Two weeks ago, we wrote about the allure of dividends, an allure that has entranced us since we launched here in 1997. With interest rates at 40-year lows and the disappearance of the 30-year T-bill, if you're looking for investments with decent yields, you may need to consider dividend-paying stocks.
Last week, we listed six high-yielding stocks, including some that Fool readers and participants shared on the discussion board. Each of the stocks that we listed offers fee-friendly (meaning no fees to buy shares or reinvest dividends) direct investment plans, on top of their decent yields.
Today, we add new names to our list of high-yield stocks. Whereas last week we listed smaller, typically unknown names, today we highlight some large companies that you'll likely recognize.
Too often, a high-yielding stock is a sign of business problems, but in our list below, each company should prove strong enough to maintain its dividend and keep growing the business.
As was the case last week, all of these companies offer free dividend investment plans, and some even offer discounts on optional cash purchases and dividend reinvestments. Additionally, all these companies require that you own only one share of stock to enroll in its investment plan. These are all beautiful things.
Goodrich (NYSE: GR), 4.8% yield, is the former BF Goodrich, but this company isn't about tires. Goodrich has two business segments: Aerospace and Engineered Industrial Products, including gaskets, seals, packing, bearings and diesel engines. The company grew sales 14% in the nine months ended September, to $3.13 billion (partly thanks to acquisitions), while net income rose 33% to $222 million. With a P/E of 5, a book value of nearly $15 with a stock price of $23, and a 4.7% dividend yield, Goodrich apparently doesn't get much respect today, but own it long enough and your portfolio could eventually be applauded.
Pitney Bowes (NYSE: PBI), 3.0% yield, took a hit as the anthrax attack unfolded, presumably because of its global mailing business. If anything, however, the attack should benefit sales at Pitney Bowes as mailing systems are upgraded. The company also sells enterprise solutions and offers financial services. The stock trades at a 17 P/E and yields 3%.
Resource Bancshares Mortgage Group (Nasdaq: RBMG), 5.3% yield, also offers a 5% discount on additional stock purchases in its Drip plan, and a 5% discount on reinvested dividends, all making for significant yield potential. The company lost money in its two recent quarters, although it's usually profitable. It's a small operation, however, so riskier than average, but the yield and the discounts make it interesting for investors who will understand a holding company with a mortgage banking focus.
Genuine Parts (NYSE: GPC), 3.4% yield, is a service organization that distributes automobile and industrial replacement parts, office products and electronic parts. For the nine months ended September, it had $6.2 billion in sales, down 1%, and operating margins of about 7%. It trades at a 15 P/E. The stock has had a good year, rising nearly 50% excluding the dividend. The past three years the stock had declined, however. For yield investors, GPC may be a company to watch and more seriously consider when the dividend yield is about 50% higher, and the stock 50% lower, as was the case recently.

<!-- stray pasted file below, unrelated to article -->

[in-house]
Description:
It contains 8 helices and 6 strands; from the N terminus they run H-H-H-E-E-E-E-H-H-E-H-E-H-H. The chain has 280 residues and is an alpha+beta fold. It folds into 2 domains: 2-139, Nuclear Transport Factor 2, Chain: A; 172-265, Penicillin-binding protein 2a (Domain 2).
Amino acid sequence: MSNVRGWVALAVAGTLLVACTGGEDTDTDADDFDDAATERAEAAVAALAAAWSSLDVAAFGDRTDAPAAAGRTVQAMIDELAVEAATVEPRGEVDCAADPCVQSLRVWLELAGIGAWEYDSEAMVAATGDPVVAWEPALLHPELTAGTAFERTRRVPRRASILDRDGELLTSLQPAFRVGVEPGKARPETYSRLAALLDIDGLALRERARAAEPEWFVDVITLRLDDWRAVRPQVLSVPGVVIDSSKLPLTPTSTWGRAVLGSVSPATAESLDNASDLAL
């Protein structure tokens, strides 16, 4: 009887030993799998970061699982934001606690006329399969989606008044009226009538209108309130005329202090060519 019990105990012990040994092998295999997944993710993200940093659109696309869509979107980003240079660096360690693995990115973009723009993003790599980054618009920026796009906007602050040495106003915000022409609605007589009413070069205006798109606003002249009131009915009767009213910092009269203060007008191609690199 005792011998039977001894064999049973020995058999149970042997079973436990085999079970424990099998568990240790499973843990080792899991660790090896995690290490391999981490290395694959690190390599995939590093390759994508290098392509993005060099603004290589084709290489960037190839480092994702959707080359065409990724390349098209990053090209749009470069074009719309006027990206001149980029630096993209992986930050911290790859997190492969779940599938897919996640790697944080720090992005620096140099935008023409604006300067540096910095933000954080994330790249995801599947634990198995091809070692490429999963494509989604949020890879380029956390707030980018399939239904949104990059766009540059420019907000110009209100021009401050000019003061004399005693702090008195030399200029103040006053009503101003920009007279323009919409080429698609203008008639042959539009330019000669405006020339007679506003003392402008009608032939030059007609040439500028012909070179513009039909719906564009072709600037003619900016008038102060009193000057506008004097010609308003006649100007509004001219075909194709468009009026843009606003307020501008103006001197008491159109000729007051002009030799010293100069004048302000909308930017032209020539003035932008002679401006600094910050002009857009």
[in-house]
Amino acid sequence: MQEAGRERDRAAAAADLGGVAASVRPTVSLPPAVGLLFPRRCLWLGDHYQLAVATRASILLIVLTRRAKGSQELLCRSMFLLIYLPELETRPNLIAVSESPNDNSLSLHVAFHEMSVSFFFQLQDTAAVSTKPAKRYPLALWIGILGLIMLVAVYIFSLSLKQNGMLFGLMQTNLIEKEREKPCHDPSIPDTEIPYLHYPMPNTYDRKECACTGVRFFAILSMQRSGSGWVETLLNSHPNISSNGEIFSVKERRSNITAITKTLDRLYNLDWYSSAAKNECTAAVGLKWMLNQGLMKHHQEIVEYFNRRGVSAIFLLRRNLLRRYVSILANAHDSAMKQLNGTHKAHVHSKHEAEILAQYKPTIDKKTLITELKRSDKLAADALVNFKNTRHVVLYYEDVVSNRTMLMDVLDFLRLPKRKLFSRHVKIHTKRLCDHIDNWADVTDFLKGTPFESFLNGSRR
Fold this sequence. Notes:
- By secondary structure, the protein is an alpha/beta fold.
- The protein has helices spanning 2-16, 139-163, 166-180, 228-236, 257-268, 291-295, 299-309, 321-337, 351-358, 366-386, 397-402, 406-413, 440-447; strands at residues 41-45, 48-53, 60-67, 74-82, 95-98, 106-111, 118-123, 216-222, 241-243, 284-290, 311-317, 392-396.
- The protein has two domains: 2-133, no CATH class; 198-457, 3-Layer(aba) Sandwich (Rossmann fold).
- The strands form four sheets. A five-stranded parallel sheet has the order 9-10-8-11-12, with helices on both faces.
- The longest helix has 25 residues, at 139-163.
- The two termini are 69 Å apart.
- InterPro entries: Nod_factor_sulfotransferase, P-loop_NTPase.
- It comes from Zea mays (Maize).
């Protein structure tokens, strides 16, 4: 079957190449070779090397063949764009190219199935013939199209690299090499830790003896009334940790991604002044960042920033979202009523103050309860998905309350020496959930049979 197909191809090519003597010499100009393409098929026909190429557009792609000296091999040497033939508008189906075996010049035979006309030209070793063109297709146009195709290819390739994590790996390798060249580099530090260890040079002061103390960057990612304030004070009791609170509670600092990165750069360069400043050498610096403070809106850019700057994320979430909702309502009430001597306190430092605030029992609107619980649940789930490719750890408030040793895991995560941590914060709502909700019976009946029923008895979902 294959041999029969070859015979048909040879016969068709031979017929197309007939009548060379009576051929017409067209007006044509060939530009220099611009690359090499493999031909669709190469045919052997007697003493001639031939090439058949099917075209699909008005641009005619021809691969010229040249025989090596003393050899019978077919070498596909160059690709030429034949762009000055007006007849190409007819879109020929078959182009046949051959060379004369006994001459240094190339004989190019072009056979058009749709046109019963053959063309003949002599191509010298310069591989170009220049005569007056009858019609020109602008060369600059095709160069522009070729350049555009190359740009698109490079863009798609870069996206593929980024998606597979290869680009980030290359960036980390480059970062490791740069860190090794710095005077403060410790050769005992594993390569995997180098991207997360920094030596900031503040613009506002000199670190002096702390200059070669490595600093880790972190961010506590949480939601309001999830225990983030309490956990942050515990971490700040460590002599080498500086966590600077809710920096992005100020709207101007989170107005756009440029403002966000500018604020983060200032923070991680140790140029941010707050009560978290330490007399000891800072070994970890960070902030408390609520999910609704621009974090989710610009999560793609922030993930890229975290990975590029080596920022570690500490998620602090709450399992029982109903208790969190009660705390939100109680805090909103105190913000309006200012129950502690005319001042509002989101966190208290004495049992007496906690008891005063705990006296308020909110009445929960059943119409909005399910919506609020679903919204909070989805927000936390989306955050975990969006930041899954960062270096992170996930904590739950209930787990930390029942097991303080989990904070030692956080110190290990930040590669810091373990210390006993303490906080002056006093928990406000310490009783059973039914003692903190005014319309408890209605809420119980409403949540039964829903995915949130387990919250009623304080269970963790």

PNC Financial Services (NYSE: PNC), 3.3% yield, is, like Goodrich and Pitney Bowes, another company that you probably recognize. PNC Financial is a large bank holding company and financial holding company, offering several financial services, from corporate banking to real estate finance. The stock is at a 14 P/E and about 2.2 times book value, which is reasonable when you remember what we found in our Mellon Financial (NYSE: MEL) study. PNC, as with the financial firms that we mentioned last week, has a decent yield, a good-looking business and history, and a free investment plan.
Duke Realty (NYSE: DRE) has a 7.6% yield, and a 12 P/E. Here we enter the realm of Real Estate Investment Trusts, or REITs. REITs typically offer high yields, low P/Es (for those of you who are reassured by such things), and other perks (including tax benefits), as the Fool has explained. (Aside from explaining REITs, that link also names several REITs that Warren Buffett owns or has owned.) Duke Realty invests in properties in the Midwest and South that are typically leased to non-commercial tenants. In addition to its 7.6% yield, the company offers a 3% discount on reinvested dividends.
Literally dozens of high-yield REITs exist and offer free investment plans, some with discounts like Duke. If you're interested in these cash-paying investments (some with double-digit yields), read the article linked above and start your research!
Thank you to everyone who posted high-yield stocks on the Drip Companies board. Have a peaceful Thanksgiving next week, one rich in personal dividends, and Fool on!